• My aunt is in hospice with the same thing. NASH also has secondary conditions, diabetes and cardiovascular problems. Lactulose (comprised of sugar) helps to rid the body of the build up of ammonia which causes mental confusion. The docs thought my aunt had dementia and doesn't. Anyway, because the liver can't process the toxins and medicines in her body like normal, a build up of ammonia develops in the blood system and goes to the brain. HOWEVER! Upon doing research to try and help my aunt, I found that there are two medications which can reverse the condition and improve the patient. They are interferon and Rifaximin. Please insist that your sisters health provider put her on this medication combo. It's too late for my aunt as she only has days left now but your sibling is too young for this to happen and for anyone to throw up their hands, go to another until they listen! Review article: the current pharmacological therapies for hepatic encephalopathy. Bass NM.UCSF Liver Transplantation Service, School of Medicine, University of California, San Francisco, CA 94143-0538, USA. nathan.bass@ucsf.edu Effective treatment options for hepatic encephalopathy are limited. Based on the principle that intestinal-derived ammonia contributes to the pathogenesis of hepatic encephalopathy, current therapeutic approaches are directed at reducing bacterial production of ammonia and enhancing its elimination. Non-absorbable disaccharides are first-line therapy for hepatic encephalopathy, but published clinical studies evaluating their safety and efficacy are limited. Alternative therapies such as benzodiazepine receptor antagonists, branched-chain amino acids, and l-ornithine-l-aspartate also have limited clinical data supporting their use. Studies of antibiotics indicate that they are effective in the treatment of hepatic encephalopathy, but adverse effects and concerns about long-term safety have limited the widespread use of most. Rifaximin is a minimally absorbed antibiotic that concentrates in the gastrointestinal tract and is excreted mostly unchanged in faeces. It has been studied extensively in the treatment of hepatic encephalopathy and appears to confer therapeutic benefits greater than those of placebo and non-absorbable disaccharides and at least comparable with those of systemic antibiotics. Rifaximin was also well tolerated in patients with hepatic encephalopathy and is not associated with clinical drug interactions or clinically relevant bacterial antibiotic resistance. In conclusion, non-absorbed antibiotics such as rifaximin offer a favourable benefit-risk ratio in the treatment of hepatic encephalopathy and may help to improve patient outcomes. PMID: 17295849 Related LinksRifaximin, a nonabsorbed oral antibiotic, in the treatment of hepatic encephalopathy: antimicrobial activity, efficacy, and safety. Management of hepatic encephalopathy: focus on antibiotic therapy. Role of antibiotics in the management of hepatic encephalopathy. Non-absorbable disaccharides for hepatic encephalopathy: systematic review of randomised trials. Oral L-ornithine-L-aspartate therapy of chronic hepatic encephalopathy: results of a placebo-controlled double-blind study. The principle that intestinal-derived ammonia contributes to the pathogenesis of hepatic encephalopathy, current therapeutic approaches are directed at reducing bacterial production of ammonia and enhancing its elimination. Non-absorbable disaccharides are first-line therapy for hepatic encephalopathy, but published clinical studies evaluating their safety and efficacy are limited. Alternative therapies such as benzodiazepine receptor antagonists, branched-chain amino acids, and l-ornithine-l-aspartate also have limited clinical data supporting their use. Studies of antibiotics indicate that they are effective in the treatment of hepatic encephalopathy, but adverse effects and concerns about long-term safety have limited the widespread use of most. Rifaximin is a minimally absorbed antibiotic that concentrates in the gastrointestinal tract and is excreted mostly unchanged in faeces. It has been studied extensively in the treatment of hepatic encephalopathy and appears to confer therapeutic benefits greater than those of placebo and non-absorbable disaccharides and at least comparable with those of systemic antibiotics. Rifaximin was also well tolerated in patients with hepatic encephalopathy and is not associated with clinical drug interactions or clinically relevant bacterial antibiotic resistance. In conclusion, non-absorbed antibiotics such as rifaximin offer a favourable benefit-risk ratio in the treatment of hepatic encephalopathy and may help to improve patient outcomes. PMID: 17295849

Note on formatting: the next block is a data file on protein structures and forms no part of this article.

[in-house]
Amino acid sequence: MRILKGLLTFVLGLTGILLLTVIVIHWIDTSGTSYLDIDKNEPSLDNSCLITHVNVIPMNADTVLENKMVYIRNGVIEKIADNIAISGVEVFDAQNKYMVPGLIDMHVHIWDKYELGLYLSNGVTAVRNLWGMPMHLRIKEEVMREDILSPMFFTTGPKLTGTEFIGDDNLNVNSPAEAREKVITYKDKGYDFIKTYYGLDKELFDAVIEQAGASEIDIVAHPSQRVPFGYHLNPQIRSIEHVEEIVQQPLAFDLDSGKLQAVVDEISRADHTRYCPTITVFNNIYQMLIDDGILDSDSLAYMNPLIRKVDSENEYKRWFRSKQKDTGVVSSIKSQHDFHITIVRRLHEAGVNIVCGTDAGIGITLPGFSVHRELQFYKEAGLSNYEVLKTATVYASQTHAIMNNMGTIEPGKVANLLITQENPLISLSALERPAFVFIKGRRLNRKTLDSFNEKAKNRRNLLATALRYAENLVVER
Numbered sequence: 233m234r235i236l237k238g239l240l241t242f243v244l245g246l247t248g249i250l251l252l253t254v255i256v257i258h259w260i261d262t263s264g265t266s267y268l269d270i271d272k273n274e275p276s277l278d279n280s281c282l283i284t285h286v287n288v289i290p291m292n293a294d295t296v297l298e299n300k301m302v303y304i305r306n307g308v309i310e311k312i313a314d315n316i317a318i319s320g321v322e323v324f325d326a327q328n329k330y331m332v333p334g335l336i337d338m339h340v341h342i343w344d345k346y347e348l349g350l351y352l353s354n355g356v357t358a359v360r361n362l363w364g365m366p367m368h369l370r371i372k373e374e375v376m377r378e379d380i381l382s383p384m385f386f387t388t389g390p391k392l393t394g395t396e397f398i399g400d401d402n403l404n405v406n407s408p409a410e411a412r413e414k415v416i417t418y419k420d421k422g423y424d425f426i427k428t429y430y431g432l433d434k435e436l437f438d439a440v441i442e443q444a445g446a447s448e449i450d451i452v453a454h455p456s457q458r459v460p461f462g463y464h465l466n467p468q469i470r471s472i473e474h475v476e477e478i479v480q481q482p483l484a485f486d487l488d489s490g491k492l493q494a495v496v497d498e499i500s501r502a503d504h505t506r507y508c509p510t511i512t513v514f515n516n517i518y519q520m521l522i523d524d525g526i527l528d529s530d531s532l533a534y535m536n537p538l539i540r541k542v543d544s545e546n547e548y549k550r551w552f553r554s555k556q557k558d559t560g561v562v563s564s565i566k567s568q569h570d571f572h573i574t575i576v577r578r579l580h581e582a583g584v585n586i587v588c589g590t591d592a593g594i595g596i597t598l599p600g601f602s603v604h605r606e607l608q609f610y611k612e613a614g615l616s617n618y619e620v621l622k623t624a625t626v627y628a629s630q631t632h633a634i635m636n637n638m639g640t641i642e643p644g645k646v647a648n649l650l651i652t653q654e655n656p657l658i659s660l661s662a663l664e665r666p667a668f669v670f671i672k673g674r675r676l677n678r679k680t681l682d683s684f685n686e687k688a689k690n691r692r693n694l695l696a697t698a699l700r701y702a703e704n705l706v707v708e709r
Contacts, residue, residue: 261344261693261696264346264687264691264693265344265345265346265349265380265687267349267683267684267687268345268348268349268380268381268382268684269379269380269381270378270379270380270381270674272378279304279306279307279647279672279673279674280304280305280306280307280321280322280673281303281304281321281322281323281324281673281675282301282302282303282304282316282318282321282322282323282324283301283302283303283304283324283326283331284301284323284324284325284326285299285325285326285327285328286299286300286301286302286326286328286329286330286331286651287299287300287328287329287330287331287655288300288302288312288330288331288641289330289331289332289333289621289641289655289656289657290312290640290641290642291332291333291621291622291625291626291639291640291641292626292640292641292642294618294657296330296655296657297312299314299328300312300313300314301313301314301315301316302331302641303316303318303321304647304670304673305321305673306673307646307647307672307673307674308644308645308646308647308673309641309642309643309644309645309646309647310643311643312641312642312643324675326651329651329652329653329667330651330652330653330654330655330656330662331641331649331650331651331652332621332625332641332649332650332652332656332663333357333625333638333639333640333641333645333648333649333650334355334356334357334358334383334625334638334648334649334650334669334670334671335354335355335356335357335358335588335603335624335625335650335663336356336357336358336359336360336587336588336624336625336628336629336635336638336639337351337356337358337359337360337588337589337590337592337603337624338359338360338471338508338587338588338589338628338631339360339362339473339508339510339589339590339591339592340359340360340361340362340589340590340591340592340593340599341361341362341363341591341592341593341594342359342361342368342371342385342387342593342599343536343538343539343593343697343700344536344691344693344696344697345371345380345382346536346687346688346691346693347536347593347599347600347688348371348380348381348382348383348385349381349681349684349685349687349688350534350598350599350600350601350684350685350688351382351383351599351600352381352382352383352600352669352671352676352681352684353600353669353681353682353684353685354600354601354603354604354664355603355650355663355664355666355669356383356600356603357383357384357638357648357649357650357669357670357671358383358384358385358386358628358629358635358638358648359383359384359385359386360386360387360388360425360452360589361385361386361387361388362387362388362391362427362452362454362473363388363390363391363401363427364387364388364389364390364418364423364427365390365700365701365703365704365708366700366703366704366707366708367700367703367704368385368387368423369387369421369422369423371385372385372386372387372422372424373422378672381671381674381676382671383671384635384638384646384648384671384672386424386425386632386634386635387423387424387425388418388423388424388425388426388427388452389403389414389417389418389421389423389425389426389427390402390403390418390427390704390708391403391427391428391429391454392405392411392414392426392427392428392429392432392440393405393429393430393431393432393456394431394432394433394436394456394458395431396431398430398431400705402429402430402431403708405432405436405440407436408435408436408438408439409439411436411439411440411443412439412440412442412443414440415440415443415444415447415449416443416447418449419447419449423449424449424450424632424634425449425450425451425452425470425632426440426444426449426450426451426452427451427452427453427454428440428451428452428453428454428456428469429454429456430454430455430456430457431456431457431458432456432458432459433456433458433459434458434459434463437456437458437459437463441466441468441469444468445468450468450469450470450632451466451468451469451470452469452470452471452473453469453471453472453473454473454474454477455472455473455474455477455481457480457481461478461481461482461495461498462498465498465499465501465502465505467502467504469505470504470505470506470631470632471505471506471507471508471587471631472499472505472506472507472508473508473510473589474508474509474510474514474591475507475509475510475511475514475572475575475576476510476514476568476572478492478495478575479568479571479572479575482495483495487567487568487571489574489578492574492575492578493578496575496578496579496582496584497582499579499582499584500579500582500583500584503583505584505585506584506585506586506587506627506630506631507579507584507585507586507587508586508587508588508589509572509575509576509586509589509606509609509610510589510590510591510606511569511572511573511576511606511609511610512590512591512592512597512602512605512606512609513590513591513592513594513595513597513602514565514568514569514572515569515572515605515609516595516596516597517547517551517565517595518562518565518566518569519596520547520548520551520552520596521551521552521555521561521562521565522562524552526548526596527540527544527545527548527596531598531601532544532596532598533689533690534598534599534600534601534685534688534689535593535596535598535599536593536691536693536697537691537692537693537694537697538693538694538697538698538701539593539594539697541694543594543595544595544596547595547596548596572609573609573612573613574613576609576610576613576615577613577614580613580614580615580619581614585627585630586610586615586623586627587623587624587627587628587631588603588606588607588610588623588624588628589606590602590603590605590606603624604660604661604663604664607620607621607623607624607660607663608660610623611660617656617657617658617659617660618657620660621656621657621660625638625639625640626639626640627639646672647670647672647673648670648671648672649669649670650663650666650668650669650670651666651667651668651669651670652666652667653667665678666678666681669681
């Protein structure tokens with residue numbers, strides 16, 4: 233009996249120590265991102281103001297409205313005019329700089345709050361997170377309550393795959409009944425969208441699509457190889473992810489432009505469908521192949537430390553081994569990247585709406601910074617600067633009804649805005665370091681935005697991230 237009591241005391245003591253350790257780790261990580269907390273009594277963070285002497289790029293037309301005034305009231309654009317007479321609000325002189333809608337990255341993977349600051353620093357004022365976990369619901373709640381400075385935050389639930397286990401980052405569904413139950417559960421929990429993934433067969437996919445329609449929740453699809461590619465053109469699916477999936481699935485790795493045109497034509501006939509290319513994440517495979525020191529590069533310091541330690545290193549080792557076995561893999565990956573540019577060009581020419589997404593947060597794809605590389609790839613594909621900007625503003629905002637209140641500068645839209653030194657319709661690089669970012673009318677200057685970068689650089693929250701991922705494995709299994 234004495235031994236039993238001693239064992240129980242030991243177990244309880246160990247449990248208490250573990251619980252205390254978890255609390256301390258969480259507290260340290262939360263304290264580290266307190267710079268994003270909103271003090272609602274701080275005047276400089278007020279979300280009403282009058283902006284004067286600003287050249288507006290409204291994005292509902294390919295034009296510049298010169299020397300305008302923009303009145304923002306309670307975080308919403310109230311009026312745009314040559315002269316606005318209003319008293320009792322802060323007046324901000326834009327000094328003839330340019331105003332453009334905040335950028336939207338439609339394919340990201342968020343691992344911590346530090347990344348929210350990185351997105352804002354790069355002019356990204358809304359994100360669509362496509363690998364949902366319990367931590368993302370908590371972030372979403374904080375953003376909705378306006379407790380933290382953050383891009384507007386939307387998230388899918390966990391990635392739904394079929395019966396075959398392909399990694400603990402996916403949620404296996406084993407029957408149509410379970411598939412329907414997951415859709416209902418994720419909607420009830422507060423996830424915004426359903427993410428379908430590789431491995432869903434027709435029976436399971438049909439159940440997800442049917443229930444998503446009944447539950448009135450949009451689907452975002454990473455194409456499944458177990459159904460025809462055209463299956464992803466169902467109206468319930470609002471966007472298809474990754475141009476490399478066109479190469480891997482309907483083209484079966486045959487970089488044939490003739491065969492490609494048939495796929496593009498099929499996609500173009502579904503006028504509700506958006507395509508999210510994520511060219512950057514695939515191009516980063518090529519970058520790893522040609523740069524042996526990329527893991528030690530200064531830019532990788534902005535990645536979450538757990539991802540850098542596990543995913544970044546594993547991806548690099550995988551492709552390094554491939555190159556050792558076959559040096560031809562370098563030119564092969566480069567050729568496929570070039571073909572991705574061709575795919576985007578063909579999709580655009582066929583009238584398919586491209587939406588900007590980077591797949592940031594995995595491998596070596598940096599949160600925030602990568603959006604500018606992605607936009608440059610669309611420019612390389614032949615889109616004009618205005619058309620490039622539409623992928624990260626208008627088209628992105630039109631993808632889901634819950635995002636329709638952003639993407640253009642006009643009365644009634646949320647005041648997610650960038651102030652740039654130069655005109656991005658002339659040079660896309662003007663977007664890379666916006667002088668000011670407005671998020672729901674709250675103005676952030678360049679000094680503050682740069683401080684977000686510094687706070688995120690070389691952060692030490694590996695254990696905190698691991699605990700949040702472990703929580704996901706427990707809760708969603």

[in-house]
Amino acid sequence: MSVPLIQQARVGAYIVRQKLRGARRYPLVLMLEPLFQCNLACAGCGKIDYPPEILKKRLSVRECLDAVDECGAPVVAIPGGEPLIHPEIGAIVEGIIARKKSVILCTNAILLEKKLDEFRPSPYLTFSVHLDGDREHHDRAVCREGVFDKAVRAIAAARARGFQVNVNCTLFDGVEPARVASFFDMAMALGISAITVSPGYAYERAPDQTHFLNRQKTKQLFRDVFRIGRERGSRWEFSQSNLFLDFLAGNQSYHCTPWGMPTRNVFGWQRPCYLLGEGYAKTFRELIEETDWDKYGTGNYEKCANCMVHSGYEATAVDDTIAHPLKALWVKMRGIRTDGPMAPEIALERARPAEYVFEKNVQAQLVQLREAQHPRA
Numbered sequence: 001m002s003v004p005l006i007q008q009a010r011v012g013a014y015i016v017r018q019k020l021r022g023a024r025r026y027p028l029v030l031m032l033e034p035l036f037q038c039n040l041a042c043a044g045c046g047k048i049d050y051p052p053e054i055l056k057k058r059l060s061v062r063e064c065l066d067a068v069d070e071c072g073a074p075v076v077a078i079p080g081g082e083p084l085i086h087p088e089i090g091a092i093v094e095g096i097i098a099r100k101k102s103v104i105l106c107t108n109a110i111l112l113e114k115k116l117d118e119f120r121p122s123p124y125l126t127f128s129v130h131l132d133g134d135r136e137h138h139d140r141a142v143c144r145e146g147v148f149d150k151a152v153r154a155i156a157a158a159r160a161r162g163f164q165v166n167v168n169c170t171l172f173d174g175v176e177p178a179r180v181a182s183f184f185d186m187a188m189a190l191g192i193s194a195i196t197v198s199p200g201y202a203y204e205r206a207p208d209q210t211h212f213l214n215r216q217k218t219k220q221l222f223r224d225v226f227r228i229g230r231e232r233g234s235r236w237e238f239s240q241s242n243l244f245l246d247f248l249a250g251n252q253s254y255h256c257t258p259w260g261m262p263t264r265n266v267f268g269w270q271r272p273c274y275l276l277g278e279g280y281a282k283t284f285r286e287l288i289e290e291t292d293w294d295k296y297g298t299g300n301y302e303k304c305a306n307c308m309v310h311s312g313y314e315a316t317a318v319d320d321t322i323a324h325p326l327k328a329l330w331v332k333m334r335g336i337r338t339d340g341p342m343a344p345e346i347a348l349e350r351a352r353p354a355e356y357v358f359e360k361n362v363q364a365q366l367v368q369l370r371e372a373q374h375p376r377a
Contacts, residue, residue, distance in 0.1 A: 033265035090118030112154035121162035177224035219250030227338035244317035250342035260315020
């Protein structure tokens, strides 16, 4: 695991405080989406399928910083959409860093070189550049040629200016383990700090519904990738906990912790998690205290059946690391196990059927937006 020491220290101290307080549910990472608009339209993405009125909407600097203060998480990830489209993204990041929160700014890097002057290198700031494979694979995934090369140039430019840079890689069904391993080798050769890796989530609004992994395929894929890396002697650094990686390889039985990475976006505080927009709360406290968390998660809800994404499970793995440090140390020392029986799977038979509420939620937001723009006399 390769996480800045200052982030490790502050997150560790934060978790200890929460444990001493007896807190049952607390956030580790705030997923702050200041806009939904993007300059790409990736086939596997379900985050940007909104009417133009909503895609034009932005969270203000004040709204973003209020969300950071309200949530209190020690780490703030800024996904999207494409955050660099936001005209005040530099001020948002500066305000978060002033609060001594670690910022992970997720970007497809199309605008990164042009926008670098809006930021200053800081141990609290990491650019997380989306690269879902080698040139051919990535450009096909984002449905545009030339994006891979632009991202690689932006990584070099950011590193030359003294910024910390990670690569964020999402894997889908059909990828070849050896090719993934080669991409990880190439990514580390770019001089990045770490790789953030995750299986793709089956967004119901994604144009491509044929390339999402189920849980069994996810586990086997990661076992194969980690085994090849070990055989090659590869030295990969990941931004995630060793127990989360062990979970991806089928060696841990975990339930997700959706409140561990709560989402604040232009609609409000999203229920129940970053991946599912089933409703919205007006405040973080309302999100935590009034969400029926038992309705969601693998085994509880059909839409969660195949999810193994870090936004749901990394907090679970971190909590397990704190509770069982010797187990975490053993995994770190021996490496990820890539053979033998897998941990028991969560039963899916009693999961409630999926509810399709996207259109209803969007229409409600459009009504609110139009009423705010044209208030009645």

dawnmarie 2 Replies
    • August 20, 2007
    • 10:44 PM
    • 0
    Flag this Response
  • Thank you for the link, it is hard to find helpful info.
    Anonymous 42789 Replies
    • August 21, 2007
    • 11:02 AM
    • 0
    Flag this Response
  • I am the administrator of the BBS which provides discussion to patients with liver diseases, Mabel. Our BBS is newly-opened. You can get much useful information and let others share your experiences there. Welcome to visit http://liver-health.info/. Thank you.
    mabel8499 3 Replies
    • January 19, 2008
    • 01:23 AM
    • 0
    Flag this Response
Thanks! A moderator will review your post and it will be live within the next 24 hours.